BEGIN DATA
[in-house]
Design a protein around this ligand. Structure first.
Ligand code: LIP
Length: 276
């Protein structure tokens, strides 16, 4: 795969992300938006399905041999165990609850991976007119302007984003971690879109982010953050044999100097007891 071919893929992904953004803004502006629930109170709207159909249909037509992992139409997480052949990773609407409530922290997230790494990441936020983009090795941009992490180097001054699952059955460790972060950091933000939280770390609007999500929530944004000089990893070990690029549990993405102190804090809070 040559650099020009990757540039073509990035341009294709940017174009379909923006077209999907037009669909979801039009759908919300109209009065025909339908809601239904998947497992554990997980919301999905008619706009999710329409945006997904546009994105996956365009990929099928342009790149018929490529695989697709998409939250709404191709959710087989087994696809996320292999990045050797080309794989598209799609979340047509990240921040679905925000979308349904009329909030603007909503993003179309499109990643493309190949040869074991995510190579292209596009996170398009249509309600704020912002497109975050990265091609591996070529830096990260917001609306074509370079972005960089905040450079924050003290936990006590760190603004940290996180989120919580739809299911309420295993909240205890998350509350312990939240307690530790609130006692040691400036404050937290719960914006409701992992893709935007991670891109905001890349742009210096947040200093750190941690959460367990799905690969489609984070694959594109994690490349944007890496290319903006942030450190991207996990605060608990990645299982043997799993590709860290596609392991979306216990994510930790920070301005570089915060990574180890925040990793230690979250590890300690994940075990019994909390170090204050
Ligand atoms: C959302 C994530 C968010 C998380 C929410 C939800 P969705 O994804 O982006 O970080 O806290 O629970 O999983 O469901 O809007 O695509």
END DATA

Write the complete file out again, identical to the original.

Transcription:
[in-house]
Design a protein around this ligand. Structure first.
Ligand code: LIP
Length: 276
């Protein structure tokens, strides 16, 4: 795969992300938006399905041999165990609850991976007119302007984003971690879109982010953050044999100097007891 071919893929992904953004803004502006629930109170709207159909249909037509992992139409997480052949990773609407409530922290997230790494990441936020983009090795941009992490180097001054699952059955460790972060950091933000939280770390609007999500929530944004000089990893070990690029549990993405102190804090809070 040559650099020009990757540039073509990035341009294709940017174009379909923006077209999907037009669909979801039009759908919300109209009065025909339908809601239904998947497992554990997980919301999905008619706009999710329409945006997904546009994105996956365009990929099928342009790149018929490529695989697709998409939250709404191709959710087989087994696809996320292999990045050797080309794989598209799609979340047509990240921040679905925000979308349904009329909030603007909503993003179309499109990643493309190949040869074991995510190579292209596009996170398009249509309600704020912002497109975050990265091609591996070529830096990260917001609306074509370079972005960089905040450079924050003290936990006590760190603004940290996180989120919580739809299911309420295993909240205890998350509350312990939240307690530790609130006692040691400036404050937290719960914006409701992992893709935007991670891109905001890349742009210096947040200093750190941690959460367990799905690969489609984070694959594109994690490349944007890496290319903006942030450190991207996990605060608990990645299982043997799993590709860290596609392991979306216990994510930790920070301005570089915060990574180890925040990793230690979250590890300690994940075990019994909390170090204050
Ligand atoms: C959302 C994530 C968010 C998380 C929410 C939800 P969705 O994804 O982006 O970080 O806290 O629970 O999983 O469901 O809007 O695509």